The two Rho kinase isoforms ROCK1 and ROCK2 are downstream effectors of the small GTPase RhoA, although relatively little is known about potential isoform specific functions or the selective control of their cellular activities. Using Con8 rat mammary epithelial cells, we show that the synthetic glucocorticoid dexamethasone strongly stimulates the level of ROCK2 protein, which accounts for the increase in total cellular ROCK2 activity, whereas, steroid treatment down-regulated ROCK1 specific kinase activity without altering ROCK1 protein levels. In Con8 cells, the glucocorticoid induced formation of tight junctions requires the steroid-mediated down-regulation RhoA and function of the RhoA antagonist Rnd3. Treatment with the ROCK inhibitor Y-27632 ablated both the glucocorticoid-induced and Rnd3-mediated stimulation in tight junction sealing. Taken together, our results demonstrate that the expression and activity of ROCK1 and ROCK2 can be uncoupled in a signal-dependent manner, and further implicate a new function for ROCK2 in the steroid control of tight junction dynamics.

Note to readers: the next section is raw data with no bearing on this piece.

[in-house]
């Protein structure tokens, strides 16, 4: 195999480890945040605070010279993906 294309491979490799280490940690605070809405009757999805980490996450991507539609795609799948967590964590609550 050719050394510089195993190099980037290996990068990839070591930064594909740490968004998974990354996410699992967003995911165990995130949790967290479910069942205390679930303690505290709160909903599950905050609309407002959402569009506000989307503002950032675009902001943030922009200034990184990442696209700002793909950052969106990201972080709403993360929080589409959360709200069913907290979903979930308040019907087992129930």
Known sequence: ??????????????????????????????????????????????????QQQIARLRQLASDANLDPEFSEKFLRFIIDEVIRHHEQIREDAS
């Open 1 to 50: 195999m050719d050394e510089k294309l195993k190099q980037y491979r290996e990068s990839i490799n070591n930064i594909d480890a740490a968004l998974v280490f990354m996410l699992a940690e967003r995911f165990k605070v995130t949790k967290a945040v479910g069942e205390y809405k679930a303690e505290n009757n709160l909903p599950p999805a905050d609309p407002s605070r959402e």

Rho kinase isoforms; ROCK1; ROCK2; glucocorticoids; differential regulation; tight junction dynamics